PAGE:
Once upon a time, a player signed a long term contract and fans rejoiced because it meant he was staying for a long time. But now, fans rejoice as it guarantees a transfer fee. How times have changed.
At Everton, we are used to our own heroes leaving for distant lands – or, rather, usually Man City. And in the short term, it always hurts – whether it´s Lescott, Arteta, Rodwell, Pienaar, Jeffers, Rooney… We´re always convinced that it´s a sign we´re about to go completely belly up, the squad will disintegrate and Moyes will leave us and go walking off into the sunset to manage Spurs or something.
But that never happens. Indeed, a different pattern emerges. We usually sell for massive sums, reinvest whatever money Kenwright doesn´t lose down the back of the sofa into solid acquisitions and actually improve as an overall side.
So Everton don´t miss the players as such – but, strangely, it´s quite often true that the players miss Everton.
Going back into the distant past, a young jug-eared Francis Jeffers took the big pay day down in London with Arsenal – and then promptly entered footballing oblivion when he didn´t have Kevin Campbell to hold his hand up front.
Steven Pienaar also went the glamorous route when London came calling – only to realise the grass really wasn´t greener at White Hart Lane.
And Jack Rodwell is already well on his way to becoming Adam Johnson the Second on the City bench as international class players highlight the lads limitations.
So, we come to Fellaini. A man on a four year contract, in the form of his life, developing each and every game to become one of the most gifted overall midfielders in world football – and certainly the most unique.
If Everton do sell our club record signing, we´re looking at no less than £30m for him. As an Evertonian, I fully understand where our club is at and I´m not going to become blinded by love for the playing staff and implore our board to fight tooth and nail to keep the big man.
But from a footballing perspective, perhaps Marouane should take a step away from his interfering father and learn lessons from what´s happened before. Is the big money move to City, Chelsea or whoever really going to benefit his career?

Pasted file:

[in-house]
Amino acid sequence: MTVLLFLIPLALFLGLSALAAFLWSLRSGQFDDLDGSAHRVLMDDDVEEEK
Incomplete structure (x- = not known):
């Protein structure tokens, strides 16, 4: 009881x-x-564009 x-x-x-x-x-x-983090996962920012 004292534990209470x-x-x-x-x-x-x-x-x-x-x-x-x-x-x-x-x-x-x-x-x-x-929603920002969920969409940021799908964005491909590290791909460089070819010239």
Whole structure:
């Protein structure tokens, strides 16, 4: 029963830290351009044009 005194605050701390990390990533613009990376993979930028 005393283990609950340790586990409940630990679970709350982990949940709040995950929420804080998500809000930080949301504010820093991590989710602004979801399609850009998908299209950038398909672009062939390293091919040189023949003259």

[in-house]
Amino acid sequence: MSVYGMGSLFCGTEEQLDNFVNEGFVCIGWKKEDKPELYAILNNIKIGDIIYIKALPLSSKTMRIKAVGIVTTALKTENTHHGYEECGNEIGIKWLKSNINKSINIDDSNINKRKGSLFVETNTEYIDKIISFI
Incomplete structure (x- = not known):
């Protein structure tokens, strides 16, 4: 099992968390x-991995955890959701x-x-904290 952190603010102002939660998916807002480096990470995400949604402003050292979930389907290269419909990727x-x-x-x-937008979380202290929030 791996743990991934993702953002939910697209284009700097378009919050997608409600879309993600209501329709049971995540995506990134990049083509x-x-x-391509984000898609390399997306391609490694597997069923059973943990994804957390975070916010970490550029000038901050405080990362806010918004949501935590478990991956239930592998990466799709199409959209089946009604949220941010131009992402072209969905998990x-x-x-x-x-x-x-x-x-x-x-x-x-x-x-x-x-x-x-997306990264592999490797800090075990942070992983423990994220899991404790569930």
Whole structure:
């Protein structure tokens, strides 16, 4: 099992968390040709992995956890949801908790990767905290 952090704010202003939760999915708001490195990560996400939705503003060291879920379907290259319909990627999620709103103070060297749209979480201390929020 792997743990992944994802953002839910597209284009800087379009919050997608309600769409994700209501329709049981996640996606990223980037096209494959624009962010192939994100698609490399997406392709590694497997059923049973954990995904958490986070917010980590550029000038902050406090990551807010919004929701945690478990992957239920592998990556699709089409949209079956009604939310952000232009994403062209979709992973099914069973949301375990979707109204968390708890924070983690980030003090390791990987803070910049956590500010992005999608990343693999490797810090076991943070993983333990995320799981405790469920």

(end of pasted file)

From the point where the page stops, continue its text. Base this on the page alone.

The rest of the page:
Aged just 24, he has time on his side. He isn´t stagnating as a footballer by playing at Everton – indeed, he´s utterly flourishing. We´re not a bad side; gone are the days when we sold Rooney and could understand as he was playing alongside comparative donkeys. Fellaini is a key component of a roaringly successful Toffees set up, and I really can´t see why he´d interrupt his development and risk moving to a club to potentially become a rotational option off the bench, a giant “Plan B” to throw on with 10 minutes to go.
Because for all of Fellaini´s qualities, that´s the danger. Even now, other clubs don´t fully understand his qualities. They see him as a man who can trap a meteor coming down from the sky at 100mph on his chest like it´s nothing, but they don´t realise his sublime footwork on the ground or his phenomenal off the ball movement which would grace most teams in world football.
At Everton, he is an essential part of a side who can genuinely challenge for the Champions League. He could have two or three more years in the royal blue and leave Goodison for Barcelona or Real Madrid – a “proper” giant club instead of the nouveau riche in England – and leave a Goodison legend. Or even more of one.
Fellaini seems destined to go down as one of, if not the best buy of David Moyes´ time at Goodison Park. The “panic buy” at £15m on transfer deadline day from Standard Liege has come good, and let´s hope we get to enjoy him for a few more seasons to come.